Factors related to intracranial hematoma formation in patients receiving tissue-type plasminogen activator for acute ischemic stroke.
Several studies are currently evaluating tissue-type plasminogen activator (TPA) as a potential therapy in acute ischemic stroke. The possibility of inducing intracranial hematomas, however, introduces an important concern into ultimate evaluation of risk and benefit. This retrospective analysis sought to identify factors associated with intracranial hematoma formation in a pilot phase 1 study of TPA for stroke.
Ninety-four patients received TPA within 3 hours of the onset of an acute ischemic stroke. Five of these patients developed a symptomatic intracerebral hematoma: 3 of 74 (4%) among patients treated within 90 minutes of stroke onset and 2 of 20 (10%) among those treated at 91 to 180 minutes. Three of the 5 died within 2 weeks. The analysis investigated associations between clinical factors and intracerebral hematomas.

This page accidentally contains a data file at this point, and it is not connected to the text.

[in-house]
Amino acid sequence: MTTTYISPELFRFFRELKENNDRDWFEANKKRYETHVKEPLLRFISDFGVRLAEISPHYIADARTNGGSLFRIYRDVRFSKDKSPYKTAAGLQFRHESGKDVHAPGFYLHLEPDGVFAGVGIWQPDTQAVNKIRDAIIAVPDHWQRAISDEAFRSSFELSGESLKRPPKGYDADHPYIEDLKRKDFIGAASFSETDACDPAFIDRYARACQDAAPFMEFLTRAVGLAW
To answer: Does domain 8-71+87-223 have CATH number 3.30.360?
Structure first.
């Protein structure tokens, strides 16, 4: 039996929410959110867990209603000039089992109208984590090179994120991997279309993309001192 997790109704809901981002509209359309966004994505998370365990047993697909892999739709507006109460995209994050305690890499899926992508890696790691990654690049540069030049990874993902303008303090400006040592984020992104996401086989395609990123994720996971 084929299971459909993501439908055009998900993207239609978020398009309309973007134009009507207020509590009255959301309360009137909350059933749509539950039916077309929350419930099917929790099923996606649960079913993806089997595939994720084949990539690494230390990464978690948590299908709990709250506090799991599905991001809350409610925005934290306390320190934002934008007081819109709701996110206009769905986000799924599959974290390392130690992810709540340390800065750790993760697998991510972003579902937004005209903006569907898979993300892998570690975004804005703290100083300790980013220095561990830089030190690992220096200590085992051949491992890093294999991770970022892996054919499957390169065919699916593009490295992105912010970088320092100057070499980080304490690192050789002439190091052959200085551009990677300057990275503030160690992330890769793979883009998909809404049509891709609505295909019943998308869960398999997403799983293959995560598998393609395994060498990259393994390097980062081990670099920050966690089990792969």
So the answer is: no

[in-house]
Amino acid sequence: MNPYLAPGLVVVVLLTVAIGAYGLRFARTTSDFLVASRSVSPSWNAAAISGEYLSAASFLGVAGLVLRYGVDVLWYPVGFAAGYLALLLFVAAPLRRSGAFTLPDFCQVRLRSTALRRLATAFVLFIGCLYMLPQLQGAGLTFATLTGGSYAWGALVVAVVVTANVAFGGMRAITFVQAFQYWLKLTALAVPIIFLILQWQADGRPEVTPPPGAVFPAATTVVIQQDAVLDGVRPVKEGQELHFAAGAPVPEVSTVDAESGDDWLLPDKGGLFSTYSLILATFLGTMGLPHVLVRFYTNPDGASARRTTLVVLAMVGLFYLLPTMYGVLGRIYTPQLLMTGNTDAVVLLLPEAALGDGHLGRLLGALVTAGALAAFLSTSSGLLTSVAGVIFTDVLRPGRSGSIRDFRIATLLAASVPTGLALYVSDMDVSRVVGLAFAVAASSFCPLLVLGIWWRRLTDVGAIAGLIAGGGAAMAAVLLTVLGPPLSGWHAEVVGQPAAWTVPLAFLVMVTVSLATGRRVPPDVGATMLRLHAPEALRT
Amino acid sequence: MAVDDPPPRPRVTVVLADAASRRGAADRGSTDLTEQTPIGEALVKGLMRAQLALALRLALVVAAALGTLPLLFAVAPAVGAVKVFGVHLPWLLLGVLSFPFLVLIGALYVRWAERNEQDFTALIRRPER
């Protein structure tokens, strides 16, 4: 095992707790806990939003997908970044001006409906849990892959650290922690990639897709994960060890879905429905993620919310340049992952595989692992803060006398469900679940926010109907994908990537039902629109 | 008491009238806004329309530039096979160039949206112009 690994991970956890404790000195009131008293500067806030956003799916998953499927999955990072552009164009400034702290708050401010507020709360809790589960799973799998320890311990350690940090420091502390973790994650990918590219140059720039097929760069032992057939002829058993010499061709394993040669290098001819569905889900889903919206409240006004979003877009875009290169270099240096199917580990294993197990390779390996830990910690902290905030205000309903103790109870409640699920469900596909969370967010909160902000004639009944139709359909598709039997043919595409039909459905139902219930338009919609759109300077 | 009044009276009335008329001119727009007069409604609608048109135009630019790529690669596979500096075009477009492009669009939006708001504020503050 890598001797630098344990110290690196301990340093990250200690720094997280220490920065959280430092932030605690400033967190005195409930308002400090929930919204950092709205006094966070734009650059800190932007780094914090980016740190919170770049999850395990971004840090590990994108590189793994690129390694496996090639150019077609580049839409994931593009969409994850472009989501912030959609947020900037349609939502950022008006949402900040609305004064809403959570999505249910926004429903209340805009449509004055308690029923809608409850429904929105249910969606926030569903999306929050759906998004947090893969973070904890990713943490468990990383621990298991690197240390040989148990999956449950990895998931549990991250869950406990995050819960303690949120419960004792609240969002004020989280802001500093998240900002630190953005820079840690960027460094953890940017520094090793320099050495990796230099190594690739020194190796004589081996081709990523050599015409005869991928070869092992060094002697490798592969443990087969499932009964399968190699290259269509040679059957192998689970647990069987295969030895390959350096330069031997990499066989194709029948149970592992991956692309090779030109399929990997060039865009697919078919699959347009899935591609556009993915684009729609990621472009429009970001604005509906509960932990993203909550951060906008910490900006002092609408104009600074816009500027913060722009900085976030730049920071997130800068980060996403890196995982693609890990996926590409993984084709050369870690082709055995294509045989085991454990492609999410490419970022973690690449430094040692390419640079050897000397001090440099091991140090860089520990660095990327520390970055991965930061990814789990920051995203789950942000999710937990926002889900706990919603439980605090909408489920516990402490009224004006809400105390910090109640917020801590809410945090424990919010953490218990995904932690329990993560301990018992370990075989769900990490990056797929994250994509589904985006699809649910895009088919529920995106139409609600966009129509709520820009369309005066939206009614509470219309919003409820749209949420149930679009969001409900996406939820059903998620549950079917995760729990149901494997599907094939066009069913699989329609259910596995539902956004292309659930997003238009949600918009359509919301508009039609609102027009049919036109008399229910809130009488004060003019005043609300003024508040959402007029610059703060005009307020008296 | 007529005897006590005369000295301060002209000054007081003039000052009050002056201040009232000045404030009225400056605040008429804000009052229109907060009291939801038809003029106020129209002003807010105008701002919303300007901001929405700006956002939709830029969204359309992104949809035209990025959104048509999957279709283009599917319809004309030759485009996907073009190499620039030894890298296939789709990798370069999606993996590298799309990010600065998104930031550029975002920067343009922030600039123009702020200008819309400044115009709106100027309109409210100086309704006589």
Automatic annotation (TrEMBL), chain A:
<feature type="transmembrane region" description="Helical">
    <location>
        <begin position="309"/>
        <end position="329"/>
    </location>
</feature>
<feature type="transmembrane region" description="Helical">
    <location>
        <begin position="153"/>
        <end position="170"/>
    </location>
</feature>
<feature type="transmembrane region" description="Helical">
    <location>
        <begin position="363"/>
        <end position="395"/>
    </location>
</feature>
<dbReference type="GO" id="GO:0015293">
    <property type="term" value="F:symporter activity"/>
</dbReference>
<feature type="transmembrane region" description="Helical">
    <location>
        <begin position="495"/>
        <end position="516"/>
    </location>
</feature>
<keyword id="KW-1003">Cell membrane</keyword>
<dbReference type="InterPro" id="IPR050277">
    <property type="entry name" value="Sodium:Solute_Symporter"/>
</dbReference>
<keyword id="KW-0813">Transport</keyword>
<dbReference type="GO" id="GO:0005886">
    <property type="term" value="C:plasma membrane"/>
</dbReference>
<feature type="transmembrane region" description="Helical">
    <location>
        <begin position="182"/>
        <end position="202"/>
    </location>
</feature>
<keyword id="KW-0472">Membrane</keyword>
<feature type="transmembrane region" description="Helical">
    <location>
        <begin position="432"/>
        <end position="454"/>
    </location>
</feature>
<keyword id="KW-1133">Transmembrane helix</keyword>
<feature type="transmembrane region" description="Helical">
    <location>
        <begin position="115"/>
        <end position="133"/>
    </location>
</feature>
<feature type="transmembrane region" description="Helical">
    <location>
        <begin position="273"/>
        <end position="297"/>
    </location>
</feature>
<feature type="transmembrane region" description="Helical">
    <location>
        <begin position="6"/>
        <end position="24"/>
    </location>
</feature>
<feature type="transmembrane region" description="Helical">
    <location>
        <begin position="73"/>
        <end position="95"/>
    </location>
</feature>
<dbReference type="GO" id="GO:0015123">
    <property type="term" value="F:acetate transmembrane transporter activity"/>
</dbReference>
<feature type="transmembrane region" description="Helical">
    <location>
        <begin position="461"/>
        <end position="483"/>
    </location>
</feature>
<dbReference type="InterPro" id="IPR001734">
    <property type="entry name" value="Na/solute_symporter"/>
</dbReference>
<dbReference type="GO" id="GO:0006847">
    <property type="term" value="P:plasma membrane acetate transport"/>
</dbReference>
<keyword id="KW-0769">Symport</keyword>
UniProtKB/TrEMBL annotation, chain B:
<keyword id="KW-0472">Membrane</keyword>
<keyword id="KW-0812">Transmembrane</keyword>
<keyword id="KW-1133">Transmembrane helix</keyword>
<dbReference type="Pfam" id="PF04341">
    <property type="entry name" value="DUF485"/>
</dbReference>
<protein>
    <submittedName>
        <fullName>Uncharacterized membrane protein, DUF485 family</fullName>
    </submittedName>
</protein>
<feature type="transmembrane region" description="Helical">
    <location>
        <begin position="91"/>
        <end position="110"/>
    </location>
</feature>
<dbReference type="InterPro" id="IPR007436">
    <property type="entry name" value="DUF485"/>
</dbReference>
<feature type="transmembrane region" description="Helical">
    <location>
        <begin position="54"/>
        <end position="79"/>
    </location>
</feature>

Factors significantly related to the development of an intracerebral hematoma were TPA dose and diastolic hypertension. Intracerebral hematomas developed in 4 (18%) of 22 patients given a TPA dose of at least 0.90 mg/kg versus only 1 hematoma in the remaining 72 patients (1%; P < .02, Fisher's exact test). Four (18%) of 22 patients who had initial diastolic blood pressures of at least 100 mm Hg suffered an intracerebral hematoma versus only 1 (1%) of 72 patients (P < .02) with lower initial diastolic pressures.
Since the study was not designed to test specific safety hypotheses, results must not be overinterpreted. Nonetheless, these data emphasize the need for caution in both patient and dose selection for further studies of thrombolytic agents in stroke.
- Copyright © 1994 by American Heart Association